In addition, whereas uncontrolling love evidences a healthy humility and non-defensiveness, the drama triangle’s roles and control-based dynamics are routinely born out of—as well as serve to fuel, reinforce, and increasingly rigidify—people’s pride and related psychosocial defenses (e.g., denial, suppression, rationalization, projection, displacement, compensation, idealization, and so on). Defense mechanisms, sometimes called ego defenses, are generally psychological processes (typically born out of fear and shame) that conveniently serve to insulate someone from having to face, feel, and deal with their own vulnerable emotions or problematic behaviors. And of course, where you find unhealthy pride, psychosocial defense mechanisms, and strong (often blinding) emotions—you commonly find intellectual rigidity and a lack of, or significant deficits in, self-awareness. By contrast, the humble, non-defensive, and flexible nature of uncontrolling love is more conducive to healthy self-awareness and psychological (both intellectual and emotional) flexibility which, in turn, further helps one love others in uncontrolling ways.

Along with the emotional fallout, unhealthy pride, and problematic psychosocial/ego defenses just mentioned, the drama triangle’s roles and control-laden relational dynamics commonly contribute to patterns of unhealthy relational dependence (e.g., codependency) and to an increasing psychological dependence upon engaging in those roles, with people becoming increasingly emotionally dependent upon persecuting, rescuing, or being rescued. All of which then feeds back into and further perpetuates those systemic dynamics of interpersonal control.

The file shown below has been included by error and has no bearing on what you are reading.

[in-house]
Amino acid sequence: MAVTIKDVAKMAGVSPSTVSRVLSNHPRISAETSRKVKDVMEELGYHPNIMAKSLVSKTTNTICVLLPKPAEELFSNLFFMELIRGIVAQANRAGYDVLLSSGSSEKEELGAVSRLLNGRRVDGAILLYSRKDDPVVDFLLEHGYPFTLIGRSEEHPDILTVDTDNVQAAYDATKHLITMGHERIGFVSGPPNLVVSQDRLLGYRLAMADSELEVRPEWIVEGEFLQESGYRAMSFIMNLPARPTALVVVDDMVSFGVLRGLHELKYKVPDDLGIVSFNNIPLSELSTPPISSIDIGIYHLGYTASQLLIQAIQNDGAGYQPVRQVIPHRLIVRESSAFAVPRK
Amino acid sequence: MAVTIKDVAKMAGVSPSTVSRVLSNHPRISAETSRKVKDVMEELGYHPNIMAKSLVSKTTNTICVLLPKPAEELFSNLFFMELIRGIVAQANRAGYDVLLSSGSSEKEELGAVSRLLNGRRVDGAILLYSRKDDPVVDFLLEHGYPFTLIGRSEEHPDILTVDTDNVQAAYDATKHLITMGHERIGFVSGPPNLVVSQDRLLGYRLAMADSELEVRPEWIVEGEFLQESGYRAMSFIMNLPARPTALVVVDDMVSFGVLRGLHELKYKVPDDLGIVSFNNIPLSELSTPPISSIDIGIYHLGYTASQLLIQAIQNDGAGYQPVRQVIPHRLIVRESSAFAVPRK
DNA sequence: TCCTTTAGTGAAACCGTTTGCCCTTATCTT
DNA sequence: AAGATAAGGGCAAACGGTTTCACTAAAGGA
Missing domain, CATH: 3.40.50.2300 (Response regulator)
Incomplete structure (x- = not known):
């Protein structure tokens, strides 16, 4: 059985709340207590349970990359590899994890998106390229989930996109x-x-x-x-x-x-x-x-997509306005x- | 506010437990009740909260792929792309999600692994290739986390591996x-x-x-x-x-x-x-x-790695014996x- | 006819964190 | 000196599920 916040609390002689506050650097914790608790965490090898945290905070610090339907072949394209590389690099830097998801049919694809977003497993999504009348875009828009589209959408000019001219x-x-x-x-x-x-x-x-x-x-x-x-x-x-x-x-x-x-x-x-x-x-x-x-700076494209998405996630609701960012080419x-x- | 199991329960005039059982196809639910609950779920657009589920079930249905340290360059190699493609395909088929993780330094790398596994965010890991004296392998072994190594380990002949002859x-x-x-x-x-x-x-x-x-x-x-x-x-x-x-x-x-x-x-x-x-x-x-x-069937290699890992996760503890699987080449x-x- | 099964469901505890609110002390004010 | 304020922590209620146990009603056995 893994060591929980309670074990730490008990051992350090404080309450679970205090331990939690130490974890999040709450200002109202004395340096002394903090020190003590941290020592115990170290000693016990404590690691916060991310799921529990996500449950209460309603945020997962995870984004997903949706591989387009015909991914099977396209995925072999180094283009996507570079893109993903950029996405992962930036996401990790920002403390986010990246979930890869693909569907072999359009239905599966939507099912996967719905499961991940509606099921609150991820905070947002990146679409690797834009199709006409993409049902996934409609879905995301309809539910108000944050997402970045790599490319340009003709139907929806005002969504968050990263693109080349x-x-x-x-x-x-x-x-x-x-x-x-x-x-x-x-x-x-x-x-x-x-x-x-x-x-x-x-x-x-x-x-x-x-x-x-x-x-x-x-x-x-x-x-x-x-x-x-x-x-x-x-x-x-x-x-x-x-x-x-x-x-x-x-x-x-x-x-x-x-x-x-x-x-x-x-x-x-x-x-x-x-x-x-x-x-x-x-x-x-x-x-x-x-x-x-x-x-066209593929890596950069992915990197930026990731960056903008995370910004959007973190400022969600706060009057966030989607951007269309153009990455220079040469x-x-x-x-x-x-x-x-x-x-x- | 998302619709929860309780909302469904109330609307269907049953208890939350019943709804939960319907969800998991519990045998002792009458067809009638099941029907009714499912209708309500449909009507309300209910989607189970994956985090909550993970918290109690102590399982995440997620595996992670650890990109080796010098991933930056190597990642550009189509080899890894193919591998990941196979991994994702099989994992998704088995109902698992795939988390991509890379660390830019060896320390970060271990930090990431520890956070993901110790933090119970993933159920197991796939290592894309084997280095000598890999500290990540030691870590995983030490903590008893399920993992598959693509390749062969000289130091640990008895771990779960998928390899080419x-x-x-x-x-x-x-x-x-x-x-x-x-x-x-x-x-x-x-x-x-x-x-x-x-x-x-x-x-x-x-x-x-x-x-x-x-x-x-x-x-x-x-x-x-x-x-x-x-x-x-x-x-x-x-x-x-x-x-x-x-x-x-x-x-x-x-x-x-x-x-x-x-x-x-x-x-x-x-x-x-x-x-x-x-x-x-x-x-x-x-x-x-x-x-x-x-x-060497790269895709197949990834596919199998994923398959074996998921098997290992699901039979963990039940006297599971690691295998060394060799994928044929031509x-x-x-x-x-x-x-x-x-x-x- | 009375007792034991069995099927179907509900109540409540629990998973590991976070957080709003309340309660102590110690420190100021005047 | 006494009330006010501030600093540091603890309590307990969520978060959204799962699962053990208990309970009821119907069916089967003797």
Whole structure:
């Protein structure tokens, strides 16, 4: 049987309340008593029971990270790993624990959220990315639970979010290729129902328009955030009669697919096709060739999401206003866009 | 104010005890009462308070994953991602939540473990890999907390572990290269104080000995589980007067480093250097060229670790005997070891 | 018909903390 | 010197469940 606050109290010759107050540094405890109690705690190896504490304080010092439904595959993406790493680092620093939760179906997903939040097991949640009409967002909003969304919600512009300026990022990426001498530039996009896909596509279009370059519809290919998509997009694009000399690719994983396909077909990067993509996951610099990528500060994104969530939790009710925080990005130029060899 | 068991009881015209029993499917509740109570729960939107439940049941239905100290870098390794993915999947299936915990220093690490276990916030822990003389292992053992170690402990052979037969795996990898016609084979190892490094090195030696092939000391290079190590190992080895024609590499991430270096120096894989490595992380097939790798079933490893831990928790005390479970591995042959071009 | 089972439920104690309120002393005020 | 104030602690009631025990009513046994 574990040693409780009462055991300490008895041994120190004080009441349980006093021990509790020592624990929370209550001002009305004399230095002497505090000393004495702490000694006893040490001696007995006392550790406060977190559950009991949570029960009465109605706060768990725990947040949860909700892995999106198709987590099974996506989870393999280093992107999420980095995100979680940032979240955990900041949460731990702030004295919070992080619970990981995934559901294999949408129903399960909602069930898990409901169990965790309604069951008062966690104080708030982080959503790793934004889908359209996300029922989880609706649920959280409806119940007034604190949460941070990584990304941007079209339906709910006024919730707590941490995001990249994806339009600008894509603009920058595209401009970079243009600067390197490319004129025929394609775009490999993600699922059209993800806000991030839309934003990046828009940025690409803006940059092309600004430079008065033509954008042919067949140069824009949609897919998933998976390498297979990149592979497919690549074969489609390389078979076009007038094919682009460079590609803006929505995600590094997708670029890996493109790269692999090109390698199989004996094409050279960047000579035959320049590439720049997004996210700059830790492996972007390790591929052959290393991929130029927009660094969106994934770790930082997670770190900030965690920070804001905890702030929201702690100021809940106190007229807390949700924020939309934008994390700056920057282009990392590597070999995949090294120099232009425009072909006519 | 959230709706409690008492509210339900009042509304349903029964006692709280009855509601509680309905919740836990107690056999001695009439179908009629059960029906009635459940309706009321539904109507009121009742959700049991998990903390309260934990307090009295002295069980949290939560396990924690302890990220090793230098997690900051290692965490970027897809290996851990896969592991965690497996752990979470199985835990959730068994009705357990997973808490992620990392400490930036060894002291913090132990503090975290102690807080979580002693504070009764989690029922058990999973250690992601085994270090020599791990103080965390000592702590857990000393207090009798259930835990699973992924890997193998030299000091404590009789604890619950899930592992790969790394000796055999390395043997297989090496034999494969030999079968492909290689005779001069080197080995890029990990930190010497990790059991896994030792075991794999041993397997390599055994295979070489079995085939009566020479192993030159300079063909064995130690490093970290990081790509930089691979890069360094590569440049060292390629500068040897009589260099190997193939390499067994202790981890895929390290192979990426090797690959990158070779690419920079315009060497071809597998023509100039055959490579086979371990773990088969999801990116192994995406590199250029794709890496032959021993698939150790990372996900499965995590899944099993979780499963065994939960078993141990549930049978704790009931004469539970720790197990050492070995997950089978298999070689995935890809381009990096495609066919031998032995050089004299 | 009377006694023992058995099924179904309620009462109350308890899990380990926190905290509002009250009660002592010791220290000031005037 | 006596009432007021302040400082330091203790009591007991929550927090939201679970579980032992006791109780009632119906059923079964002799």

Uncontrolling love, on the other hand, helps free people from unhealthy psychological and relational dependence, helps enhance a healthy sense of personal agency and self-efficacy, and helps empower others in healthy ways that actually serve their best interests. By contrast, the roles and relational dynamics of the drama triangle—even those of the purportedly magnanimous Rescuer—generally serve to keep people captive in unhealthy psychological and relational dependence, erode any healthy sense of agency or self-efficacy, and in the end serve to disempower rather than healthily empower. All of which fails to really serve anyone’s best interests. In fact, these dynamics can render people increasingly psychologically dependent upon having or exerting power over others—with power effectively becoming one’s “drug of choice.” Uncontrolling love, on the other hand, doesn’t share this corrosive and corrupting emotional attachment to power. Rather than controlling others through the exercise of power over, uncontrolling love exercises power under (as theologian Greg Boyd famously called it), lovingly empowering others in ways that recognize, honor, and invest in their personal agency on behalf of their best interests.